• Ayana Colley

Did the MP3 file save music?

Updated: Jun 6, 2020

Music is a strange phenomenon that spreads its wings across every corner of the world. Vocal and instrumental sounds interweave to dance in harmony, expressing emotion and beauty. When we take our young steps, Music ignites emotion, language, and intellectual skill, closely trailing behind as we become academic. We learn coordination through rhythm and grasp music for our entire life; people are able to sing and stroke the keys of a piano for many years until old age.

In a hectic modern life, it has become rather hard to listen to this symphony of music, but we continue to hold on to this principle part of human nature. Your phone, YouTube, Media Players, CDs, and many more have caused the reinvigoration of the music industry. In regards to music, all of these things are useless and not worth more than a pebble found in your backyard. In order to unlock their musical potential, a key is required. The key is named the MP3 file.

MP3 is a format for compressing a sound sequence into a very small file while maintaining the original sound quality when played. Every brainchild needs a parent: the “father of MP3” is a specialist in mathematics and electronics named Karlheinz Brandenburg.

Karlheinz Brandenburg received an engineer's degree from Erlangen University in Electrical Engineering and a degree in Mathematics in the early 80s. Only a few years later, he obtained his Ph.D. from the Friedrich-Alexander University Erlangen-Nuremberg in Electric Engineering. Karlheinz’s Ph.D. advisor was Professor Dieter Seitzer, whose goal in the early 80s was to create a “digital jukebox.” Seitzer intended to create a system where people could listen to music on demand over phone lines though there wasn’t enough bandwidth to transfer a strong music file over a phone line and his patent application was rejected. Seitzer assigned Brandeburg to investigate whether or not an audio file could be compressed enough to make the “digital jukebox” work.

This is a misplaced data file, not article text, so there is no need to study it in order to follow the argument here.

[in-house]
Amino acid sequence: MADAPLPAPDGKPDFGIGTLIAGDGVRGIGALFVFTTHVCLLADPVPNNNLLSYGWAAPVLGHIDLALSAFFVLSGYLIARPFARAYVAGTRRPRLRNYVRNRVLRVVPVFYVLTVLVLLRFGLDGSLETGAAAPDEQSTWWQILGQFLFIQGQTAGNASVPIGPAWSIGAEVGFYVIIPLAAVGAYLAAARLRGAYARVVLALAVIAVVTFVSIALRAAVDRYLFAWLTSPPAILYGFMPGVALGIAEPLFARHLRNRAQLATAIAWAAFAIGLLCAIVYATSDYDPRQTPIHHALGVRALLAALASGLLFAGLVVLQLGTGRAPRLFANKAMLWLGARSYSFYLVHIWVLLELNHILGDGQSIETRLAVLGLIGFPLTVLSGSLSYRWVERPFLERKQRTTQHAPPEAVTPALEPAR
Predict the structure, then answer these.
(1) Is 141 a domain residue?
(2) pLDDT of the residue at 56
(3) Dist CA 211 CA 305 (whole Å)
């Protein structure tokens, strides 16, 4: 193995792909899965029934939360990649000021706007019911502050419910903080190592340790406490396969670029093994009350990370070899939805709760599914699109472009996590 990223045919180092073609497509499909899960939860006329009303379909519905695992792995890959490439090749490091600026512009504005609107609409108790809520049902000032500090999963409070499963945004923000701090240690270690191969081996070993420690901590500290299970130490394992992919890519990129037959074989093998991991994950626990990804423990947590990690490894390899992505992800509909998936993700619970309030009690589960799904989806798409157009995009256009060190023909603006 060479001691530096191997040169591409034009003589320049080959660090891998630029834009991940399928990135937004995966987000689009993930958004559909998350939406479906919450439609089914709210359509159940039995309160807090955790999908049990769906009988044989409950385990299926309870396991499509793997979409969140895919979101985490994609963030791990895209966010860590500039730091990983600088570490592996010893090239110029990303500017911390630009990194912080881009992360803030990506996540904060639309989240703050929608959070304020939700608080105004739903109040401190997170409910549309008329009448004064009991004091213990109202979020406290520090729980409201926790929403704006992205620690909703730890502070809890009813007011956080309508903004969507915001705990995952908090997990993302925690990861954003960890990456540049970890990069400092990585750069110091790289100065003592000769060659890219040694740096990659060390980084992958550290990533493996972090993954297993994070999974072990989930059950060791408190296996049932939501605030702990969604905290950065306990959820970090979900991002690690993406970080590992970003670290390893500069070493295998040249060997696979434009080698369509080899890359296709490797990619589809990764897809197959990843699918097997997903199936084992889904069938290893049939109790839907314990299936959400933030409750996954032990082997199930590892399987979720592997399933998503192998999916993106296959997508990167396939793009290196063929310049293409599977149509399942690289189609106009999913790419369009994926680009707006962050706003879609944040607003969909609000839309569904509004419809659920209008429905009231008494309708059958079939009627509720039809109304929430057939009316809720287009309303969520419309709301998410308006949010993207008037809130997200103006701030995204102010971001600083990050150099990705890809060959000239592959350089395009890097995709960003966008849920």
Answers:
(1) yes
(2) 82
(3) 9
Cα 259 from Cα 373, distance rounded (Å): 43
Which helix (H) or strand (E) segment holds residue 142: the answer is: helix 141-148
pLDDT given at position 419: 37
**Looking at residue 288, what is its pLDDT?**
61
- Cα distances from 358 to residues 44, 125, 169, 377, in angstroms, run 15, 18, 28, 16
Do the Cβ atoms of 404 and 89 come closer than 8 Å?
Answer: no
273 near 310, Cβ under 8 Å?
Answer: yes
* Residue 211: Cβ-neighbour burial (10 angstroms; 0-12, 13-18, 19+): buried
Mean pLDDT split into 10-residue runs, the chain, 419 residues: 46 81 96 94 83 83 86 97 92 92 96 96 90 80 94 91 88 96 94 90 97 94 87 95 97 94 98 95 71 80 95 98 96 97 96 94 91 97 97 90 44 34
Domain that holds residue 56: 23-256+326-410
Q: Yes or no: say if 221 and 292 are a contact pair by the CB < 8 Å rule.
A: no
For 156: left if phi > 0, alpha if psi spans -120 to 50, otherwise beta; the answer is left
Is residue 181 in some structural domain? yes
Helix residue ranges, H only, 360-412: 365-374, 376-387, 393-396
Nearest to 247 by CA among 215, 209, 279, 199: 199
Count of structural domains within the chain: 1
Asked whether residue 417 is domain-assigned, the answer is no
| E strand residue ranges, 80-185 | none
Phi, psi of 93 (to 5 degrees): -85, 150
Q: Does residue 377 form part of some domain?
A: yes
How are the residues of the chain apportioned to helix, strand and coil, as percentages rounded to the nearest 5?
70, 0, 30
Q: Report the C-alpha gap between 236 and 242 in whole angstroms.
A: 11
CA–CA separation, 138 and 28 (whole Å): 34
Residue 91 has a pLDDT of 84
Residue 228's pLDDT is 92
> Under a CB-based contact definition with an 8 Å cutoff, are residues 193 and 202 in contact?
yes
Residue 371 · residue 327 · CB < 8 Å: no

After a research alliance was formed between Erlangen-Nuremberg University and the Fraunhofer Institute, the team created a functional real-time algorithm as a basis for its research. The international group MPEG validated and promoted MP3 as an international standard. In 1994 the first prototype of an mp3 player was created by the Fraunhofer lIS, saving about a minute of mp3 track and proving it was suitable for daily use. Two years later, the Fraunhofer lIS started selling the mp3 software over the internet, however, an Australian student bought the software and made it publicly available, spreading worldwide quickly and remaining until today.

Karlheinz became the head of the Audio/Multimedia department at the Fraunhofer Institute in 1993 and has been a professor at the Technical University of Ilmenau since 2000 as well as the director of the Fraunhofer Institute for Digital Media Technology in Ilmenau. In addition, Karlheinz is a member of the Audio Engineering Society and the head of the Audio Engineering Society Standards Committee.

Perhaps Karlheinz Brandenburg is not only the “father of MP3” but also the father of the reinvigoration of music.